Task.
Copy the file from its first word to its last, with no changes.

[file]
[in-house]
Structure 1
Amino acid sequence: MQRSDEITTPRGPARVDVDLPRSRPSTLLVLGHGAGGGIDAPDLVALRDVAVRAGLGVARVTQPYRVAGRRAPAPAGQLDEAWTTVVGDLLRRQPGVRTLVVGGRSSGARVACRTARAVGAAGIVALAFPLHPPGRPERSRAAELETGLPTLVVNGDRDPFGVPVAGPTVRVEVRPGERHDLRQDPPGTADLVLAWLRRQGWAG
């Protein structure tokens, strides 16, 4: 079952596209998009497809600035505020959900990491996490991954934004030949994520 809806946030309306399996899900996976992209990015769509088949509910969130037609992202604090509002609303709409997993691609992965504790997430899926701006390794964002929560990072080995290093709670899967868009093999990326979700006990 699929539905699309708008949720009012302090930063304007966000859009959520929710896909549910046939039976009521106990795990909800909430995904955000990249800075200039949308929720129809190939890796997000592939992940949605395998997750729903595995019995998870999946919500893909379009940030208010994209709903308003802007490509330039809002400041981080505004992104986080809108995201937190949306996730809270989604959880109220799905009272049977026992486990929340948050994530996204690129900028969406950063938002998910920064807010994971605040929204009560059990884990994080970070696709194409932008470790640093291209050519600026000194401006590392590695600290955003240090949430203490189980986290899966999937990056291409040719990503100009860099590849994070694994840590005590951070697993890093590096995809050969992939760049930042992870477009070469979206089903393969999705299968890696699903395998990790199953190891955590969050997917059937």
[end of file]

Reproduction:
[in-house]
Structure 1
Amino acid sequence: MQRSDEITTPRGPARVDVDLPRSRPSTLLVLGHGAGGGIDAPDLVALRDVAVRAGLGVARVTQPYRVAGRRAPAPAGQLDEAWTTVVGDLLRRQPGVRTLVVGGRSSGARVACRTARAVGAAGIVALAFPLHPPGRPERSRAAELETGLPTLVVNGDRDPFGVPVAGPTVRVEVRPGERHDLRQDPPGTADLVLAWLRRQGWAG
């Protein structure tokens, strides 16, 4: 079952596209998009497809600035505020959900990491996490991954934004030949994520 809806946030309306399996899900996976992209990015769509088949509910969130037609992202604090509002609303709409997993691609992965504790997430899926701006390794964002929560990072080995290093709670899967868009093999990326979700006990 699929539905699309708008949720009012302090930063304007966000859009959520929710896909549910046939039976009521106990795990909800909430995904955000990249800075200039949308929720129809190939890796997000592939992940949605395998997750729903595995019995998870999946919500893909379009940030208010994209709903308003802007490509330039809002400041981080505004992104986080809108995201937190949306996730809270989604959880109220799905009272049977026992486990929340948050994530996204690129900028969406950063938002998910920064807010994971605040929204009560059990884990994080970070696709194409932008470790640093291209050519600026000194401006590392590695600290955003240090949430203490189980986290899966999937990056291409040719990503100009860099590849994070694994840590005590951070697993890093590096995809050969992939760049930042992870477009070469979206089903393969999705299968890696699903395998990790199953190891955590969050997917059937």